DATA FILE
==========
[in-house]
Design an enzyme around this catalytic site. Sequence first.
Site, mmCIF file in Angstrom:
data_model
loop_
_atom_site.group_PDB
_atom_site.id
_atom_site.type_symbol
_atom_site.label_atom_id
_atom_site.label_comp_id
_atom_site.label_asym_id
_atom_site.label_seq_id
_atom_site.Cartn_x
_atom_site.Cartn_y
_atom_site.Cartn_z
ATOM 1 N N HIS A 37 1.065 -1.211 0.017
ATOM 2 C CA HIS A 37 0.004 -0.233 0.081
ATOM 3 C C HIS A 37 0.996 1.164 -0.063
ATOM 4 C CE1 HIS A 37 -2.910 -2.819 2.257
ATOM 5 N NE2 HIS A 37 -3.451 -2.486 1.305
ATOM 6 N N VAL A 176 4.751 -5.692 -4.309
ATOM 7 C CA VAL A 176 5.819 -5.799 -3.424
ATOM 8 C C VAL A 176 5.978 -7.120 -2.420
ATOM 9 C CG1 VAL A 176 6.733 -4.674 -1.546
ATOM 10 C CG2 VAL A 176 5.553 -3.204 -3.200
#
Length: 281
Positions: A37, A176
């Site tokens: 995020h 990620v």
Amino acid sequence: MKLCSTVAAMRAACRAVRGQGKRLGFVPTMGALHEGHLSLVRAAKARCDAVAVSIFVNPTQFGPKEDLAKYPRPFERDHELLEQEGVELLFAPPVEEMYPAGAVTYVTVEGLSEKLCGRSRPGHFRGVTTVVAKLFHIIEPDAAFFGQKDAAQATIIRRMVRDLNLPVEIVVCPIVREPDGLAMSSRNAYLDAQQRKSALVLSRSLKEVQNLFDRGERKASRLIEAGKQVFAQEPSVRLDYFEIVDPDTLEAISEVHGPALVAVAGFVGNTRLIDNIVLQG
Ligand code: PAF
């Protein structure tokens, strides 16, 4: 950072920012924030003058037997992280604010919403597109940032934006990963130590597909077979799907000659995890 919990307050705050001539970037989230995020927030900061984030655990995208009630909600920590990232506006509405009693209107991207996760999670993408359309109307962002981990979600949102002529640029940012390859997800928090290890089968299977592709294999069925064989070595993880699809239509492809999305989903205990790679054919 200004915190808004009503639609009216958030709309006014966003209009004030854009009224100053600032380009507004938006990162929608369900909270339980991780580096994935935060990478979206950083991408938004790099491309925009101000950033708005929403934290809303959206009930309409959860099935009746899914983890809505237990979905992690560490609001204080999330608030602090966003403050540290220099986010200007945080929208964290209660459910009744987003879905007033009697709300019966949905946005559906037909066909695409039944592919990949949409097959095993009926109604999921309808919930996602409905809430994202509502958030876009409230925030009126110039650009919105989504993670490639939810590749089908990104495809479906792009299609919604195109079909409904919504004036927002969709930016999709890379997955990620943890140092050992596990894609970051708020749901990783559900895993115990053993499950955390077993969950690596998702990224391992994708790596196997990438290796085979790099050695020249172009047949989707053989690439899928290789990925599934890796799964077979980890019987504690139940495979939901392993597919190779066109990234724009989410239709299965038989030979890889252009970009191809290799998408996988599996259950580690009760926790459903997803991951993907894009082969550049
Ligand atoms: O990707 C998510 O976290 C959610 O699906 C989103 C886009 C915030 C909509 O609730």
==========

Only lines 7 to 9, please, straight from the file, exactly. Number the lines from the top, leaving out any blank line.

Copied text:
_atom_site.id
_atom_site.type_symbol
_atom_site.label_atom_id